A St. John's bar is once again at the centre of controversy after booking an infamous party photographer, who has earned notoriety by posting photos of drunk and often nude women.
Allure nightclub on George Street is holding an event on Nov. 6 with New York photographer Kirill Bichutsky, who refers to himself as the "Slut Whisperer."
Bichutsky travels to nightclubs throughout the United States and Canada under the pseudonym Kirill Was Here, taking photos of party-goers. His website, blog and Twitter accounts feature pictures of naked, inebriated women.
"I think it's pretty harmful to women," said St. John's musician Nicole Squires.
"It's perpetrating behaviour that harms women in a lot of different ways."
Allure is no stranger to controversy. Last year, after Kirill visited the bar for its grand opening party, the bar temporarily lost its liquor licence.
Bichutsky will be returning to Allure as part of his Banned in Canada tour, with events also scheduled in Moncton and Halifax.
Last April, he was banned from an event in Halifax after public outcry about posts on social media.
A local social media group called Smash Patriarchy: An Action Team (SPAAT) has launched a petition through change.org to try and stop Bichutsky from appearing at Allure.
"While women have every right to choose to be featured in pornographic photography, Kirill's photos are taken at parties where his subjects are intoxicated, negating the validity of any consent he claims to have obtained," the petition writes.
"Let's shut down misogynist events that perpetuate rape culture, slut shaming, and violence against women."
While she said she has no plans to go to the Nov. 6 event, Squires said it still affects her, because it contributes to a culture that objectifies women.
"It's definitely slut shaming. There's been multiple comments on the event by people degrading women, their bodies and the way they choose to dress," she told CBC News.
"I feel like a lot of men who [attend] will take that from going to the event, because it's a celebration of that kind of way of thinking, and it's just unacceptable."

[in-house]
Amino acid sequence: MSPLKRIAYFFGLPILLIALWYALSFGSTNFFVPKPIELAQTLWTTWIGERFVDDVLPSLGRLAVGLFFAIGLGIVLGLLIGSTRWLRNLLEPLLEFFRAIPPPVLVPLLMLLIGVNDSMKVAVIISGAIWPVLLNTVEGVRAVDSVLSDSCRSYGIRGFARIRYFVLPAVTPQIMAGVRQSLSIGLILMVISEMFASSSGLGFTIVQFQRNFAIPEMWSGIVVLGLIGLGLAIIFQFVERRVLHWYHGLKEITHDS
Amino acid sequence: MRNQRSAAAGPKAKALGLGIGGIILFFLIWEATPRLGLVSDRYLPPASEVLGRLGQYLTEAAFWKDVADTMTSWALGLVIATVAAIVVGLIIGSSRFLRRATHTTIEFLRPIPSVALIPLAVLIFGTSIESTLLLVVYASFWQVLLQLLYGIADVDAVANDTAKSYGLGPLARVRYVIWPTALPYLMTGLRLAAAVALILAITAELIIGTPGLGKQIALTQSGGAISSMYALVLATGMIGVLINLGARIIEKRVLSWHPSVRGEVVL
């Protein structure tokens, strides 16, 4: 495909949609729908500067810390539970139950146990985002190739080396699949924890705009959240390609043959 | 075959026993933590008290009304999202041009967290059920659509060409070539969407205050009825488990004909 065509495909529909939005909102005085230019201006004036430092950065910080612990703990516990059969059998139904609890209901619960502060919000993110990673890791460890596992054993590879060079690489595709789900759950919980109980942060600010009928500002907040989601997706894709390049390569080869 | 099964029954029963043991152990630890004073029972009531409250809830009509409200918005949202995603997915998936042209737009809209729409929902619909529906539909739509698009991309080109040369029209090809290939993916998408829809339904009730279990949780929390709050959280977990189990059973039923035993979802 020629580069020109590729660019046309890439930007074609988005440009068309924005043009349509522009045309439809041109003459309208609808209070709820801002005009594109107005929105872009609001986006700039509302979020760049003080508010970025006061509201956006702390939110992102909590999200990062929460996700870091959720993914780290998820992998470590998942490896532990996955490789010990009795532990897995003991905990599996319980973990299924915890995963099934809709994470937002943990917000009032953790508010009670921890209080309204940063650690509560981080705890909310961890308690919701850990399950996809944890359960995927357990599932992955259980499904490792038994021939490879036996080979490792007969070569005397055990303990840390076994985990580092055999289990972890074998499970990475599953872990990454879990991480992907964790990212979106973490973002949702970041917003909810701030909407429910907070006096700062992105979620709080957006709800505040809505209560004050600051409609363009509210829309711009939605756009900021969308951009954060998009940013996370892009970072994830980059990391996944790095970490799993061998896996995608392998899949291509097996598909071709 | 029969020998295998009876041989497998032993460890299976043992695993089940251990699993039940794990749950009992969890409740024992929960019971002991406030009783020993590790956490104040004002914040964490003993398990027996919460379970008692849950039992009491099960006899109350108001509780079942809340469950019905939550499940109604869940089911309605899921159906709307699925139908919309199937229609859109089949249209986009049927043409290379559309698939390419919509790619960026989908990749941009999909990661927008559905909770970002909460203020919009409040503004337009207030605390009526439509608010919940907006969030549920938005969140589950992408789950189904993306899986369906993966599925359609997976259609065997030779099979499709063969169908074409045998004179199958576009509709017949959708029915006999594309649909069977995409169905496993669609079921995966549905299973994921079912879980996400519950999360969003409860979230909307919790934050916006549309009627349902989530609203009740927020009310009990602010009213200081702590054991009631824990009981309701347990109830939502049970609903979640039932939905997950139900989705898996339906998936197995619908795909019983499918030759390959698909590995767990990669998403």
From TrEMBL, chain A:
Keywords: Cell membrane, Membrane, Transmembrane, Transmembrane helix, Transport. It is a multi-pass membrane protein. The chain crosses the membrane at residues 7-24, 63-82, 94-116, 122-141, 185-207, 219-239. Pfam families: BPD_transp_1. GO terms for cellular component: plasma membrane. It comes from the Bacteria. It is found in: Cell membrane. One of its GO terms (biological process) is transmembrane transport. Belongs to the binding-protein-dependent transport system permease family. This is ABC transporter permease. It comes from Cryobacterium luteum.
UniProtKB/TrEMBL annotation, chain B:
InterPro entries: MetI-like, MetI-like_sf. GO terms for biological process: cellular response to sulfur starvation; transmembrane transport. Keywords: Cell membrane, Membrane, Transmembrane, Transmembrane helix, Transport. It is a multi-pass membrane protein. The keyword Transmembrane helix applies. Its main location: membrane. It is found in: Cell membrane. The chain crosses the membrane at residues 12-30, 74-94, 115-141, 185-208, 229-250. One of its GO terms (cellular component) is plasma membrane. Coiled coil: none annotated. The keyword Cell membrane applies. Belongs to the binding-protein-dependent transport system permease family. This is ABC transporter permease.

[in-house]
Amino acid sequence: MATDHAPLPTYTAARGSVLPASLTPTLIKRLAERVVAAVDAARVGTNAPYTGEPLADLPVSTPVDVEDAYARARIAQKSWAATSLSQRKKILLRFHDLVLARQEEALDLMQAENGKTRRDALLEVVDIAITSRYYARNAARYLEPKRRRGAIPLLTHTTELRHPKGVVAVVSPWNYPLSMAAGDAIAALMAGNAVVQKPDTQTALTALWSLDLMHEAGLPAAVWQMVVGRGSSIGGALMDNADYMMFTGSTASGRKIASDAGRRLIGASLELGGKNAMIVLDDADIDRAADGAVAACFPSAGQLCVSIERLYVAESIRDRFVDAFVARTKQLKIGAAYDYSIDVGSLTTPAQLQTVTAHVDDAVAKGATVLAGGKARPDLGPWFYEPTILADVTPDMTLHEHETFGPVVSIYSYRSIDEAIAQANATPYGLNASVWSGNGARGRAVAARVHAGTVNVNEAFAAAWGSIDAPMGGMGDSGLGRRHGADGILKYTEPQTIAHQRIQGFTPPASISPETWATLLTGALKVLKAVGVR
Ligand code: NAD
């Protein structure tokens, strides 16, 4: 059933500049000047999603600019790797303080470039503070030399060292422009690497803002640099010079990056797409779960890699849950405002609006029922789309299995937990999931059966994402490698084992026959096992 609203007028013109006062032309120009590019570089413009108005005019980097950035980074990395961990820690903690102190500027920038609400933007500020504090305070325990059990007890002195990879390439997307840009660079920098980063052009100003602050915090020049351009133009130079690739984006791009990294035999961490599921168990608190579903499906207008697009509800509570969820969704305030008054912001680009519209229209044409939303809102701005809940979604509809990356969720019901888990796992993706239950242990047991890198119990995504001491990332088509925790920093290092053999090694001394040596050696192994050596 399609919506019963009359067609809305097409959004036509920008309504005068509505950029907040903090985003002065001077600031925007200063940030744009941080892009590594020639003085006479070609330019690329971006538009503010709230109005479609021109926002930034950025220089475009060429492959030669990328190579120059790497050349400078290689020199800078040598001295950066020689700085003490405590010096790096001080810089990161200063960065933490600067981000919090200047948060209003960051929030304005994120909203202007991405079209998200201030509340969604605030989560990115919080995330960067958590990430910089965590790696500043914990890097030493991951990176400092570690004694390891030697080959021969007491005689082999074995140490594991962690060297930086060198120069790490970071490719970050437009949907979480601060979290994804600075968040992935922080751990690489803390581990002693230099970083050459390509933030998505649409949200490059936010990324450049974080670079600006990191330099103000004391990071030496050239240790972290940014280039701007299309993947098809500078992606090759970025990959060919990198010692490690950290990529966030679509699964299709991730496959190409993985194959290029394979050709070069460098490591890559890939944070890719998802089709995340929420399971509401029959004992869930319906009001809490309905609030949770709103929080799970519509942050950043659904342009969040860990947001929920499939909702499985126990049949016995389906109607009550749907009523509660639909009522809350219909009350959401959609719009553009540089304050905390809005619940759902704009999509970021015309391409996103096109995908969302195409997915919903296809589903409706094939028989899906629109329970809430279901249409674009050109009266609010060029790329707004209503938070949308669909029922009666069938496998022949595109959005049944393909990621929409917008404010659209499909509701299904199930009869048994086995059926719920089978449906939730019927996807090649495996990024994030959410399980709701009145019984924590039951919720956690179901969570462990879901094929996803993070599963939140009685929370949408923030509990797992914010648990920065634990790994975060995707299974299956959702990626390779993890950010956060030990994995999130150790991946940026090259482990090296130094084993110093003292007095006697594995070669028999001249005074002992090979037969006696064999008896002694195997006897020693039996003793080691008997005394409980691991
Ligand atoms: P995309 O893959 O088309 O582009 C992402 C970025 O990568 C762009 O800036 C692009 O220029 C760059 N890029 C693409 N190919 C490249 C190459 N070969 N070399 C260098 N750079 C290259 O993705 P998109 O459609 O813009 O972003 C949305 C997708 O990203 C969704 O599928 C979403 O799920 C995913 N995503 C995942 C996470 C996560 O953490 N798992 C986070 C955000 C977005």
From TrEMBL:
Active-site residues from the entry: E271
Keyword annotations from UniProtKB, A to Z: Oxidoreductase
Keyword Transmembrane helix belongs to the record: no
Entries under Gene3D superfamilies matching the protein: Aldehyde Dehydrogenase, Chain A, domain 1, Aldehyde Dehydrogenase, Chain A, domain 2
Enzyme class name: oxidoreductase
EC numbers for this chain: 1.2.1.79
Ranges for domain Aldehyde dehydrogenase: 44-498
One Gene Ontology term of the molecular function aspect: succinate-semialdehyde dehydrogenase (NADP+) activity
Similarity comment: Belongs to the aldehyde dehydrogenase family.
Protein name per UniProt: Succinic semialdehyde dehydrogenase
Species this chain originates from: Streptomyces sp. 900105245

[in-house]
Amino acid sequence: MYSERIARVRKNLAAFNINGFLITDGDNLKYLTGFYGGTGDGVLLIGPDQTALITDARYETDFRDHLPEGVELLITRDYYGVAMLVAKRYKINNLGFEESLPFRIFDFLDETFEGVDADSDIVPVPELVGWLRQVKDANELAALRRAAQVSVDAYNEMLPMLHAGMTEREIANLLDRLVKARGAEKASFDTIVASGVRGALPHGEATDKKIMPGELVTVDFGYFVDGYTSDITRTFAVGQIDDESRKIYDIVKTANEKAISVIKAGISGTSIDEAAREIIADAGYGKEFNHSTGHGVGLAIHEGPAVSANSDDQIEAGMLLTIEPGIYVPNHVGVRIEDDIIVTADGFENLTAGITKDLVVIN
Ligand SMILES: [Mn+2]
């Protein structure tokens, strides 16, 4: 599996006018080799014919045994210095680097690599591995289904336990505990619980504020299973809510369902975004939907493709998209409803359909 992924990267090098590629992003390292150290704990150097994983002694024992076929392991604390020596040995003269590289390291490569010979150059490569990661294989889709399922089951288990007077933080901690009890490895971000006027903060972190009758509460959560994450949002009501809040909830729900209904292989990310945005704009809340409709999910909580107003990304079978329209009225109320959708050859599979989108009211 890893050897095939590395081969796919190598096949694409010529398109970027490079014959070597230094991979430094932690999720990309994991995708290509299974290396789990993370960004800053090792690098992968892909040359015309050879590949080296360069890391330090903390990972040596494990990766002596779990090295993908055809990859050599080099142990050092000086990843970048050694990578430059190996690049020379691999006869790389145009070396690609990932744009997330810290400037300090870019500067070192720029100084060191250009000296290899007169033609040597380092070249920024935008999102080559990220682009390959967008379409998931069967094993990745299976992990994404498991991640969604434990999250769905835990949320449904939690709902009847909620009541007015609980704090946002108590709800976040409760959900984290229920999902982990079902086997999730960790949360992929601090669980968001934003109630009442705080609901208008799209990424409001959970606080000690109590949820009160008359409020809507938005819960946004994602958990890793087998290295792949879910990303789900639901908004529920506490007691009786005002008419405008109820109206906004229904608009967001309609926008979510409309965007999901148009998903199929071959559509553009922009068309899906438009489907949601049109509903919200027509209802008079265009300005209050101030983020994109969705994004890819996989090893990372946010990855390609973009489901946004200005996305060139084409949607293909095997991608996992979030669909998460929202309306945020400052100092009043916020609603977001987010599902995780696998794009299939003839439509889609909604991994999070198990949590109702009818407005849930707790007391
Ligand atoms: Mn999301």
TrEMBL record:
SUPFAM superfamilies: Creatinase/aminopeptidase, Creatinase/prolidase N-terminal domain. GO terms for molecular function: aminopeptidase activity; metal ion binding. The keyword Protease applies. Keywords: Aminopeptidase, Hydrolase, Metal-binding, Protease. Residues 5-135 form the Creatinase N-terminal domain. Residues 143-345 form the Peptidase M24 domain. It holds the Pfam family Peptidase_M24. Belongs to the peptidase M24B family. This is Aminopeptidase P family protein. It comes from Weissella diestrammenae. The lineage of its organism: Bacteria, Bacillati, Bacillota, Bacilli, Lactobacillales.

Despite public outcry, Allure co-owner Daryl Flood said he's not in the business of censoring entertainers and photographers at his club.
"I'm against censorship and feel it's a very slippery slope when certain demographics of the public can dictate which events can or can't happen in the city," he wrote to CBC News.
"We live in a free country and since Kirill does nothing illegal, I'm not sure how they can expect to ban him from a city."
Laurabel Nba, a bartender at Allure, said that while people may be offended by Kirill's photography and what he represents, there's no real reason why the event shouldn't be allowed.
"I don't feel like you should be able to ban someone from coming into a club, a country or a city if they haven't done something that is technically illegal," she said.
"Censoring him just opens the opportunity to censor more people for different things."
Nba said clubs like Allure can't be held responsible for how the media portrays artists like Kirill.
"He's providing a service, essentially all he's doing is taking photographs and how people decide they want a photograph of themselves taken, it's up to them," she said.
"This is not an issue between Allure and Kirril, this is a greater societal issue of how society has represented how women can portray themselves and what title is associated with that."
"If society didn't create an environment where this is welcome, accepted, and even supported — he wouldn't be famous."